Fasten your seatbelts (Now you see it, Now you Don’t)
The flower business has always been susceptible to many influences that control the supply and price of flowers. September 11th shut down air traffic into the United States causing shortages and price increases. Numerous severe hurricanes hit Florida and caused shortages of flowers inbound and outbound. Nothing has influenced the market like the perfect storm we are living through since February 2021. Shortages and prices have hit all-time highs. Nobody knows when it will end or how extreme it will be. This is a concern for the 2021 Mother’s Day shipping period.
Why is this happening? What is causing this and when will there be a correction?
There are answers to why it is happening, but not to when it will get back to normal.
Wholesalers who have Mother’s day orders for 450 boxes of a particular item are being told as late as today that they will only get 30 boxes fulfilled out of their advance order.
Reasons for this shortage are many:
Covid in general has influenced how farms are managed and reacted to last year’s shutdown
Shortages of employees, plant material, and bulbs because of covid
Extreme weather in growing areas since early December 2020 and still continuing
High demand period during Christmas, Valentines, Women’s Day, Mother’s Day in the UK, an early Easter, and Mother’s Day in North America coming (no time for the market to cool down)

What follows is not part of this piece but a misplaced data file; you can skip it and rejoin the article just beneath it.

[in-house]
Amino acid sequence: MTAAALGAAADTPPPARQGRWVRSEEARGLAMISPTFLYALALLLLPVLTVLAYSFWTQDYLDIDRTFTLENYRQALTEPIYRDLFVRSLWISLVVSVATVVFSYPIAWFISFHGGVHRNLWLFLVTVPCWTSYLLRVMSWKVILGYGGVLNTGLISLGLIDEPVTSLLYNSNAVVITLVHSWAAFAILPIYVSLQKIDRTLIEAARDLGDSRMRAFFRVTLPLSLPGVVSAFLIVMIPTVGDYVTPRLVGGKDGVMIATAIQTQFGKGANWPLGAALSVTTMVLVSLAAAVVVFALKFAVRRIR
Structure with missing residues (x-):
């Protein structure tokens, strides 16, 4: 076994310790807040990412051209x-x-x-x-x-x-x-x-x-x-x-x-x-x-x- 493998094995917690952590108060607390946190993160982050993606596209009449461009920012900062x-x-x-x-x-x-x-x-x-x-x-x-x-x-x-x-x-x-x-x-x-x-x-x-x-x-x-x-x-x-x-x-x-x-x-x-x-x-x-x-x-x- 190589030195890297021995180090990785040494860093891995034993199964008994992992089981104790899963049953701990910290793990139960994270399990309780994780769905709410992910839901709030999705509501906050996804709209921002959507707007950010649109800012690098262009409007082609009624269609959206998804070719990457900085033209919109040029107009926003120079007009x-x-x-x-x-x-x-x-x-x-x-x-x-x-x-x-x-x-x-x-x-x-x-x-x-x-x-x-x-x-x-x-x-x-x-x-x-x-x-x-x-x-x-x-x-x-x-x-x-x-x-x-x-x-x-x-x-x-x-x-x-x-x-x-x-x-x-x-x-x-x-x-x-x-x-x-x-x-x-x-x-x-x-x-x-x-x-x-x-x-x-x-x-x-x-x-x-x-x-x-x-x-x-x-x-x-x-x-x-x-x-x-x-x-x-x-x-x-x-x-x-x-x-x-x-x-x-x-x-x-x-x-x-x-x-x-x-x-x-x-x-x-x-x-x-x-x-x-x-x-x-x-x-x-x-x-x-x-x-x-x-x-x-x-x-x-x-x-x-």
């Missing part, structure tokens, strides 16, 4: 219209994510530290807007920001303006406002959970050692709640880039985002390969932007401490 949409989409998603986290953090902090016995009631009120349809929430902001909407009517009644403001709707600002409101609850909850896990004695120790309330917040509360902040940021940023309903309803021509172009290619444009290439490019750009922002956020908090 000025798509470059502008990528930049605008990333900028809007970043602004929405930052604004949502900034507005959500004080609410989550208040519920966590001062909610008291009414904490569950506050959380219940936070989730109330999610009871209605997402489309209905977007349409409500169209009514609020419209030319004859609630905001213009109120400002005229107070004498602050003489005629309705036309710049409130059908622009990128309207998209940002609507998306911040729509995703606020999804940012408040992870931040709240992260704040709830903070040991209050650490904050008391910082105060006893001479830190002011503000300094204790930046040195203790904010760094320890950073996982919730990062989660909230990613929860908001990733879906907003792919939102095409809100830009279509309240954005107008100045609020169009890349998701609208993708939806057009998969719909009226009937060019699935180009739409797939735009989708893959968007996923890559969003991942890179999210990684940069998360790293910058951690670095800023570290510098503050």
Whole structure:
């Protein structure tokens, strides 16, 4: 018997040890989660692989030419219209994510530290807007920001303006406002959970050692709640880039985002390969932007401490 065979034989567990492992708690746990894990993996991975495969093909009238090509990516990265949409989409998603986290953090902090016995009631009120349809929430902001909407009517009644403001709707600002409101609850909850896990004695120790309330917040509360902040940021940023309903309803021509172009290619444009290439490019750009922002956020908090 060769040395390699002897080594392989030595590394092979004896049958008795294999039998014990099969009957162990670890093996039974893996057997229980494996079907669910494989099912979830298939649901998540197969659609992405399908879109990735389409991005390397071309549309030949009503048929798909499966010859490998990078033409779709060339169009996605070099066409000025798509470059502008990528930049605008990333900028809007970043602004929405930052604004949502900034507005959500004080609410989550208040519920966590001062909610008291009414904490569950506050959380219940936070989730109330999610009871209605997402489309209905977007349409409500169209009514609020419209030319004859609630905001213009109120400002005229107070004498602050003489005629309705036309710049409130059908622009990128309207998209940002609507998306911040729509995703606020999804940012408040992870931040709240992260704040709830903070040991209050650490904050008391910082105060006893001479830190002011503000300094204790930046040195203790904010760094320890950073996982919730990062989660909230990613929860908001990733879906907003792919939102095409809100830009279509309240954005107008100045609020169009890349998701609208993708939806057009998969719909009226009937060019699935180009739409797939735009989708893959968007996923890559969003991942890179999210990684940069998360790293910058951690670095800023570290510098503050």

Some farms managed crops poorly and combined with weather have created low productivity
Some farms downsized figuring Covid was cutting demand as the new normal (boy were they wrong!)
Reasons why prices have risen to new highs:
Increases in freight rates because passenger flights from other countries have not been allowed, or cutbacks in flights because fewer people are willing to travel during Covid
Freighter aircraft that have been carrying PPE and vaccinations for much higher rates and will only carry flowers if the rates are comparable
Supply and demand have been driven higher increased buying after 11 months of quarantine and per capita consumption increasing.
Large farms buying up smaller ones to get more supply for their large mass-market customers where consumption and impulse buying has been growing
An economy that is better than it seems
Long term existing mass-market commitments are still being honored
Flowers make everyone happier
In order to work around these issues, we must all work together. Florists should place their orders early with their suppliers. This will allow for farms to offer substitutions if needed. A year ago, the industry was canceling orders and businesses were shutting down. Today everyone is ordering more than ever and the industry is recovering more than we expected.
The flower business is a very resilient business and in the end, it will thrive.
Tighten your wizard hats!
The Wizard and Sahid